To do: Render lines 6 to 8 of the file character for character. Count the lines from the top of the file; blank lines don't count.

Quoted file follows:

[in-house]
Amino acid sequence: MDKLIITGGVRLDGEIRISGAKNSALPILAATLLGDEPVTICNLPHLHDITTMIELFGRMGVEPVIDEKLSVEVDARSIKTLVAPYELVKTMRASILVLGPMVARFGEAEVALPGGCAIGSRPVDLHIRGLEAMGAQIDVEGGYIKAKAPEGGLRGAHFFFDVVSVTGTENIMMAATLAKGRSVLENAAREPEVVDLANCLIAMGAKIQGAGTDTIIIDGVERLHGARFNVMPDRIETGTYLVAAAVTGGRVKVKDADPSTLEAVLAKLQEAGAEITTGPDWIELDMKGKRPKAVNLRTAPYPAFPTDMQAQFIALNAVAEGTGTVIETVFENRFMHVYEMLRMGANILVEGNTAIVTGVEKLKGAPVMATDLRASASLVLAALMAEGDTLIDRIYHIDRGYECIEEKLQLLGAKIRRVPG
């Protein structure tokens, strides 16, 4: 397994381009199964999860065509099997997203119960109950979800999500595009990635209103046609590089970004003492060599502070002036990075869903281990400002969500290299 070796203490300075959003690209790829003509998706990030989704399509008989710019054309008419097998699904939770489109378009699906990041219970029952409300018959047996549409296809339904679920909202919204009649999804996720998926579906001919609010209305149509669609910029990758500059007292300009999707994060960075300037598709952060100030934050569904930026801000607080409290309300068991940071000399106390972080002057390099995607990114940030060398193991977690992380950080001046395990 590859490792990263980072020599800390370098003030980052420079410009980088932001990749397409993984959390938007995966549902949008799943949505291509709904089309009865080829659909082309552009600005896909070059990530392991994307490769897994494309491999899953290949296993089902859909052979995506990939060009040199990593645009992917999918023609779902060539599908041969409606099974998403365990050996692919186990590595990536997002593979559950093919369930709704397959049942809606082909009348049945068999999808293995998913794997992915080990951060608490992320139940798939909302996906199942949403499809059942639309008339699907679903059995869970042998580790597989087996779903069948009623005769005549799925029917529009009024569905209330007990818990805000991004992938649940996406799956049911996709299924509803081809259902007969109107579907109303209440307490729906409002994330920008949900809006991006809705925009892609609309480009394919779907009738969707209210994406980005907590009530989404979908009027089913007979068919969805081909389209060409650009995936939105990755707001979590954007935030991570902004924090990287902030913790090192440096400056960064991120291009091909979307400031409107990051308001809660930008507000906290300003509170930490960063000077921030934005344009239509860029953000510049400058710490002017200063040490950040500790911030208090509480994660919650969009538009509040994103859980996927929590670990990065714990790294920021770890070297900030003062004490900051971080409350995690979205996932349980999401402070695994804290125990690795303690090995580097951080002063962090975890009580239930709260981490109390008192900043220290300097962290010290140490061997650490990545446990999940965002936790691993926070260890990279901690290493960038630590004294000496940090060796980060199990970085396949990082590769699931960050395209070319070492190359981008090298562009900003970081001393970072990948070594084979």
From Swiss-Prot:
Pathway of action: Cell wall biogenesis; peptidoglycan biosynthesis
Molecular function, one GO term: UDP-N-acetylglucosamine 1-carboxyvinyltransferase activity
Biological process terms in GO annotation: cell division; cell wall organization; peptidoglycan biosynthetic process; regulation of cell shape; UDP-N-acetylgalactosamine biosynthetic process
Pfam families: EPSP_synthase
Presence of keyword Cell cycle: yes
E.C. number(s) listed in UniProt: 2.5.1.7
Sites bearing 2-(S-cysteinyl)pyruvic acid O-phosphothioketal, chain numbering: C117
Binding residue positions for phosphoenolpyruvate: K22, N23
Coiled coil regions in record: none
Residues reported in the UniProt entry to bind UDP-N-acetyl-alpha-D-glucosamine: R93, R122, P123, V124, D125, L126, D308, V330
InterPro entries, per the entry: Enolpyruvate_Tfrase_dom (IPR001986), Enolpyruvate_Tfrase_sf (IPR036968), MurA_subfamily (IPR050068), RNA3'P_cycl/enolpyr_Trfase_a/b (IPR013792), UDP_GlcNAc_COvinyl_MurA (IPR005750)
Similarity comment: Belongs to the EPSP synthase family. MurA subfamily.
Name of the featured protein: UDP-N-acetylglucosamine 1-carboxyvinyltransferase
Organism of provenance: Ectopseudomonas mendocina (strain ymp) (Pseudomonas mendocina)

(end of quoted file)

Molecular function, one GO term: UDP-N-acetylglucosamine 1-carboxyvinyltransferase activity
Biological process terms in GO annotation: cell division; cell wall organization; peptidoglycan biosynthetic process; regulation of cell shape; UDP-N-acetylgalactosamine biosynthetic process
Pfam families: EPSP_synthase